|MadSci Network: Biophysics|
I do not have a comprehensive answer to your question as the answer is quite complex. There are, broadly, four categories of fish; "Sneakers", such as eels, are capable only of slow speeds but possess some staying power;"Stayers", like grayling, can swim quite fast over long periods;"Sprinters" can generate fast bursts of speed (e.g. pike); and "Crawlers" are sluggish swimmers, although they can accelerate slightly (bream, for example).
In my view, the motor efficiency generally increases with speed at the cost of manoverability. However I will refer you to an article written for Scientific American in 1995 which I hope gives some insight into the relative efficiencies of the movement of different types of fish.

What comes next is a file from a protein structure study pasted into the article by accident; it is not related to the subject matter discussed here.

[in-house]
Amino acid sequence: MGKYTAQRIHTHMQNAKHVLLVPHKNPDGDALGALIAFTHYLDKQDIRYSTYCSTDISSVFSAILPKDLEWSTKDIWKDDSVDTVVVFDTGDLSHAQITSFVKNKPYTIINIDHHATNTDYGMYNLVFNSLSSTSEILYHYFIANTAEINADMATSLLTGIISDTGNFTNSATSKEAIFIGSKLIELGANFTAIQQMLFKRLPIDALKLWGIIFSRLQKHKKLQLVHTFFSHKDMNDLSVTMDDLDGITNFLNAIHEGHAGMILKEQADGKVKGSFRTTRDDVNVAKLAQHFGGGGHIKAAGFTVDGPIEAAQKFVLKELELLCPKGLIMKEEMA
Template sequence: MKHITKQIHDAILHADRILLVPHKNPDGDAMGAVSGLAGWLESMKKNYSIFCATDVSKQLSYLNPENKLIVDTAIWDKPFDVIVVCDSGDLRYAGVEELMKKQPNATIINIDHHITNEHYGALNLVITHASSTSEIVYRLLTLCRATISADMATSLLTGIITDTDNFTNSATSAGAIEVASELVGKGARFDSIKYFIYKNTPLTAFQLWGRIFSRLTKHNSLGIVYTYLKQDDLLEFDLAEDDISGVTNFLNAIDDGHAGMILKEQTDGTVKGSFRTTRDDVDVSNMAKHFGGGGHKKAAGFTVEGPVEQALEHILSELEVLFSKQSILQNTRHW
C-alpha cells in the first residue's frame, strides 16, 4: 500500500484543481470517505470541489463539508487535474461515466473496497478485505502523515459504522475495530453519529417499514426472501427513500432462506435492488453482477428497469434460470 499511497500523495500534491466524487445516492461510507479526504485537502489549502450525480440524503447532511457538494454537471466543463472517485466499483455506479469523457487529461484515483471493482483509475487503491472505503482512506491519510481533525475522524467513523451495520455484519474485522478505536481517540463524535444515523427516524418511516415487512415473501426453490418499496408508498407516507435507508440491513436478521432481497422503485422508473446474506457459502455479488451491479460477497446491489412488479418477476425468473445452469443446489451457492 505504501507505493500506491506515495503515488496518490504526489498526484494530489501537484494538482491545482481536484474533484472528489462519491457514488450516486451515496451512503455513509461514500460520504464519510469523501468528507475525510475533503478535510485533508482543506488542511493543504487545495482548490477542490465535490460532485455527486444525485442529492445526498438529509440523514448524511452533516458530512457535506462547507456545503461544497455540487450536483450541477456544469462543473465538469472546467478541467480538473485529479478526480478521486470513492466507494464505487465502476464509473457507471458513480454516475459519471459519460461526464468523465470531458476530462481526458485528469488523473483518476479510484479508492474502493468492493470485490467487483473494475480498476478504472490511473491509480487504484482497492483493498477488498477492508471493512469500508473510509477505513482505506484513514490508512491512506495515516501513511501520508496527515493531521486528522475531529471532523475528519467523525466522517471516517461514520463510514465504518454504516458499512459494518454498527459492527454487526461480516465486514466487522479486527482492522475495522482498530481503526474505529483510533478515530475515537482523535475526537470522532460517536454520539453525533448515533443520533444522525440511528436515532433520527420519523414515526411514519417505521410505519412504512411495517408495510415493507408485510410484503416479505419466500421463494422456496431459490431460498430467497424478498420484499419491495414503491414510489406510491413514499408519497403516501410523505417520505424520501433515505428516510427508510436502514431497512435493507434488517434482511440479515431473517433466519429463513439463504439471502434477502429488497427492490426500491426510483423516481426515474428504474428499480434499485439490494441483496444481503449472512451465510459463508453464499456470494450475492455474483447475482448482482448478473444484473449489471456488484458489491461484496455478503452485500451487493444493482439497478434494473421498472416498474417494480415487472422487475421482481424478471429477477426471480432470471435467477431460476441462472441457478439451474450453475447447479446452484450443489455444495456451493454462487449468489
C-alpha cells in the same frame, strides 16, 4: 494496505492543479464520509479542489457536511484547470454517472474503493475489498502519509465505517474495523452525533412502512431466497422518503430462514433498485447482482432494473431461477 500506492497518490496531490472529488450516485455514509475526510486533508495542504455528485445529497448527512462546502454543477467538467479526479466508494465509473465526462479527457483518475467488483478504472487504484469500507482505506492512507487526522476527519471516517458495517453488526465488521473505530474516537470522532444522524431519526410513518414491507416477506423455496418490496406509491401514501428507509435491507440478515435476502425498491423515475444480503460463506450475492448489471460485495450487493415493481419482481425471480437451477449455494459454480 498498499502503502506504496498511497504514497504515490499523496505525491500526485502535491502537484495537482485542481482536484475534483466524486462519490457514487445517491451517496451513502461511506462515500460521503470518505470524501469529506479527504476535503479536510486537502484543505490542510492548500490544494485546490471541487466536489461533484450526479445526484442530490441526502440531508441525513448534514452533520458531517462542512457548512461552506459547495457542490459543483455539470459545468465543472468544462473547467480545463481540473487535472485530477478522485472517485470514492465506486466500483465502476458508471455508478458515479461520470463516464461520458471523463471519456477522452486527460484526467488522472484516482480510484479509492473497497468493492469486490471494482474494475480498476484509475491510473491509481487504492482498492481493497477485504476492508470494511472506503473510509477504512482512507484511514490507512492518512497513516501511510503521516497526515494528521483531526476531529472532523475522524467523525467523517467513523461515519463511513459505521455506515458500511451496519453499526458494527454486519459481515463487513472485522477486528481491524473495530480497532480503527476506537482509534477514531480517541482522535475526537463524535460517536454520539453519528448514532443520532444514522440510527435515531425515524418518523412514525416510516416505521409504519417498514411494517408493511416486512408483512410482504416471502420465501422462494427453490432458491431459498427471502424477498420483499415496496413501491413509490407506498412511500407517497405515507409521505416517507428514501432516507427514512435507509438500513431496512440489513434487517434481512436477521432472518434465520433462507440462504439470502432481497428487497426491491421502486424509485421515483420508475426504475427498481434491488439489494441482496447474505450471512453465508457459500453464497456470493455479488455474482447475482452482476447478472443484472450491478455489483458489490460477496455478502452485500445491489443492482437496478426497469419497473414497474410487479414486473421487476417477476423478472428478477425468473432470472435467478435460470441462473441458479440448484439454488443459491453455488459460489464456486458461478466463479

An efficient swimming machine http://web.mit.edu/towtank/www/Papers/efficient- swimming.pdf
Another good article
Review of Fish Swimming Modes for Aquatic Locomotion can be found at http://www.societyofrobots.com/robottheory/Review_of_Fish_Swimming _Modes
and if you can access journals then
Swimming efficiency and the influence of morphology on swimming costs in fishes http://www.sp ringerlink.com/content/r512550v45100842/ is interesting.
Also have a look at
Optimal Swimming Speed in Head Currents and Effects on Distance Movement of Winter-Migrating Fish http://www.ncb i.nlm.nih.gov/pmc/articles/PMC2359855/
Sean Hunt Jan 2010
Try the links in the MadSci Library for more information on Biophysics.